“They are paid in a lump sum each winter to ensure that money is available when fuel bills arrive.”

This is clearly not the case for those off the gas grid. They face the difficulty that they have to pay for their LPG or home fuel oil up front at the beginning of winter, well before they have the benefit of the winter fuel allowance. Many find it difficult to do so and may not fill up the tank completely, leaving them having to do so, if they can afford it, in the depths of winter, which brings problems of its own in getting a supply through in bad weather. That has been a serious problem in many rural areas in past winters.

The price of fuel is rising substantially as winter approaches, and even those suppliers who offer a fixed winter price will do so at a price higher than the summer price. My Bill suggests how we might tackle this problem. The current winter fuel allowances are paid as a result of regulations that specify a date by which pensioners must apply. It is worth noting that once they are on the system, they do not have to apply every year. Clause 1 seeks to vary the regulation to bring forward for those off the gas grid the qualifying date from late September to late July. Clause 2 seeks to bring forward the payment date for those off-gas grid to no later that 30 September to allow them to buy a complete tank of gas prior to the winter.

These proposals would ensure that money is available when fuel bills arrive, as the regulations put it. I have debated this with the Minister of State, Department for Work and Pensions, the hon. Member for Thornbury and Yate (Steve Webb) and, with the greatest respect to the hon. Gentleman, it seems to me that the objections to the proposal are bureaucratic excuses. The first objection is that the payment would have to be paid to everyone earlier or other claimants may feel aggrieved at being denied early access. The whole point, however, is to tackle the problem of having to pay for energy up front. Other claimants will have access to the allowance when their quarterly bills become due. I reiterate the point made in the memo to the regulations that the payment was meant to be available when the bill arrives: for those who pay up front, the most appropriate way to achieve parity would be to make payment as close as possible to the time of the outlay, which is precisely what I am attempting to do.

The second objection is that the Department would need to create a separate category of people who are off-grid, and that the situation of individuals could change from year to year. I recall the Minister giving us a rundown of his own situation—by buying a house, he subsequently became connected to the grid. That objection seems ludicrous, as the number of new connections would be low, and unlikely to be a major problem. As Members know, it is not unheard of for the Department to insist on claimants of other benefits notifying a change in circumstances, so I do not see the problem. A low number of claimants are likely to be affected in any event.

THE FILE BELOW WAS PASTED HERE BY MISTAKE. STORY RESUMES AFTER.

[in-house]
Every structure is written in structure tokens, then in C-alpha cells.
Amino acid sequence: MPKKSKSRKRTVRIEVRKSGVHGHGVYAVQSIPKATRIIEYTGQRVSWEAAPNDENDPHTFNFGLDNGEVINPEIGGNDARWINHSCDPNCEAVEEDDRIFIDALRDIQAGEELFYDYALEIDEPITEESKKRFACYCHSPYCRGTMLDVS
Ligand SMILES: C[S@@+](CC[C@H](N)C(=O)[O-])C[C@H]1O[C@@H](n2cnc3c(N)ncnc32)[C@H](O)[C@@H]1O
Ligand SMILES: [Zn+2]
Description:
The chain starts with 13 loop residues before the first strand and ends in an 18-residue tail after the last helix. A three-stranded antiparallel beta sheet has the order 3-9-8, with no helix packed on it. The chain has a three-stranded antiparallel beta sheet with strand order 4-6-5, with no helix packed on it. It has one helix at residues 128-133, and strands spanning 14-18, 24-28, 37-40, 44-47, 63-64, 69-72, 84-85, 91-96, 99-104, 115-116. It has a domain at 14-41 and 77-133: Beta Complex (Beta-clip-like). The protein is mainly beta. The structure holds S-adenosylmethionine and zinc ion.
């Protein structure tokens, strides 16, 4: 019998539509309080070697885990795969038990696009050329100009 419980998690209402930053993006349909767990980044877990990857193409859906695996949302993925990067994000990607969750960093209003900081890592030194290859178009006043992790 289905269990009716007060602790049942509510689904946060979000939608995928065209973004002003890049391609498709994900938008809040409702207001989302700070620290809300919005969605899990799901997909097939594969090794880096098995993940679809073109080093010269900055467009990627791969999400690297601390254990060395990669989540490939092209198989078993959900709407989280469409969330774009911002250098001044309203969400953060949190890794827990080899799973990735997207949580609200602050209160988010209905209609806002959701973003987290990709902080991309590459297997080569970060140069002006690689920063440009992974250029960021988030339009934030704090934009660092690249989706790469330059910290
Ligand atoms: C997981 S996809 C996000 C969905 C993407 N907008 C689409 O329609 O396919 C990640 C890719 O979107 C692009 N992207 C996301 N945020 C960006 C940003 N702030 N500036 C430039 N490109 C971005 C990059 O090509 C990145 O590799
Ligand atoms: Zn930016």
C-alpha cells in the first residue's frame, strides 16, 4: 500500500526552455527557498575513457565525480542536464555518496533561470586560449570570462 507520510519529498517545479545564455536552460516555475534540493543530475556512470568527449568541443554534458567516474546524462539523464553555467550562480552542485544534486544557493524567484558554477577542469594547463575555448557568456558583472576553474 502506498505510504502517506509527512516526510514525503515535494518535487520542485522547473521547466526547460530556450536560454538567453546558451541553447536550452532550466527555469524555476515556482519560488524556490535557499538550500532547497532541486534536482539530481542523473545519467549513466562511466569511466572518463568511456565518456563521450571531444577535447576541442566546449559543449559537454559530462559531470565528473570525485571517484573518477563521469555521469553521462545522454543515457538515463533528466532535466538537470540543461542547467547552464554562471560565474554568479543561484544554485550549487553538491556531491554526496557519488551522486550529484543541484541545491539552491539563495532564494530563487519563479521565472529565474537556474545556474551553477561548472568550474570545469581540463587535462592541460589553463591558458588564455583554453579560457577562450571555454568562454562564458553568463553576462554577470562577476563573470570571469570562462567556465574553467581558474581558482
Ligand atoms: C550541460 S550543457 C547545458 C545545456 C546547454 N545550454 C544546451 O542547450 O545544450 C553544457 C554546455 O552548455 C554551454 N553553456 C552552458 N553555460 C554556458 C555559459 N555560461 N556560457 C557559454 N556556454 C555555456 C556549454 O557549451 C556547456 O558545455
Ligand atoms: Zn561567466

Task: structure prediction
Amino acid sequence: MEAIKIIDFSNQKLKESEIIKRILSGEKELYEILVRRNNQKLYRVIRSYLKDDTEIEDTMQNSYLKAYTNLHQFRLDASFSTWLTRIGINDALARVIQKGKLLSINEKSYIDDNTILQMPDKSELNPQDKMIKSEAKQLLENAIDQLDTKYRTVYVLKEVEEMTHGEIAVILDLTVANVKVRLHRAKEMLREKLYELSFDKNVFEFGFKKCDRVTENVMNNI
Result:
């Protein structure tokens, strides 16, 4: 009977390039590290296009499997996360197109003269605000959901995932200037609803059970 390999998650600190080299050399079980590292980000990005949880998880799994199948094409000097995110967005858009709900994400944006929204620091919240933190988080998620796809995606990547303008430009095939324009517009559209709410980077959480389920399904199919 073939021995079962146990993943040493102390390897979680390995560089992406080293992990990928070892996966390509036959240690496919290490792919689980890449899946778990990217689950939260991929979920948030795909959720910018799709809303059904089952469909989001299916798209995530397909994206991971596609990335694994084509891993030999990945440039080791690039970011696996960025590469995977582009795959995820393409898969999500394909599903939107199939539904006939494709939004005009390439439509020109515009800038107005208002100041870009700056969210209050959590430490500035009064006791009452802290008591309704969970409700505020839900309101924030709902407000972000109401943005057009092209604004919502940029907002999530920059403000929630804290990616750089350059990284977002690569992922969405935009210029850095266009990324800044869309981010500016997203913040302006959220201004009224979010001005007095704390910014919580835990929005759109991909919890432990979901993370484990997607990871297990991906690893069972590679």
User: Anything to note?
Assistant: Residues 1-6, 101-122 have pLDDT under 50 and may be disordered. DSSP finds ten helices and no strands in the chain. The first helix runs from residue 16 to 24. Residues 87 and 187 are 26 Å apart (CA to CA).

Moving the date forward could result in some people losing out on the payment in the initial year. I accept that that could be a problem, but it is hardly insurmountable. As I said, it would be a problem only in the first year of each claim, since once applicants are on the system they do not have to apply each year but receive an allowance automatically. It would be possible, for example, to allow off-grid consumers who miss the earlier date to apply at the later date but be transferred to the earlier date for year 2, so avoiding any difficulties. If, on the other hand, the Government have real problems with an earlier date, we could keep the September date and simply allow payment to off-grid consumers at an earlier date from year 2.

There is nothing revolutionary about this proposal, which simply seeks a very minor change to begin to address the problems of off-gas-grid consumers by targeting a particularly vulnerable group. With political will, none of the problems is insurmountable. I hope that the House will support this Bill and allow it to proceed.

Question put and agreed to.


That Mr Mike Weir, Dr Eilidh Whiteford, Hywel Williams, Angus Robertson, Mr Elfyn Llwyd, Sarah Newton, Mr Nigel Dodds, Jonathan Edwards, Ms Margaret Ritchie and Mr Angus Brendan MacNeil present the Bill.

Mr Mike Weir accordingly presented the Bill.

Bill read the First time; to be read a Second time on Friday 28 February and to be printed (Bill 135).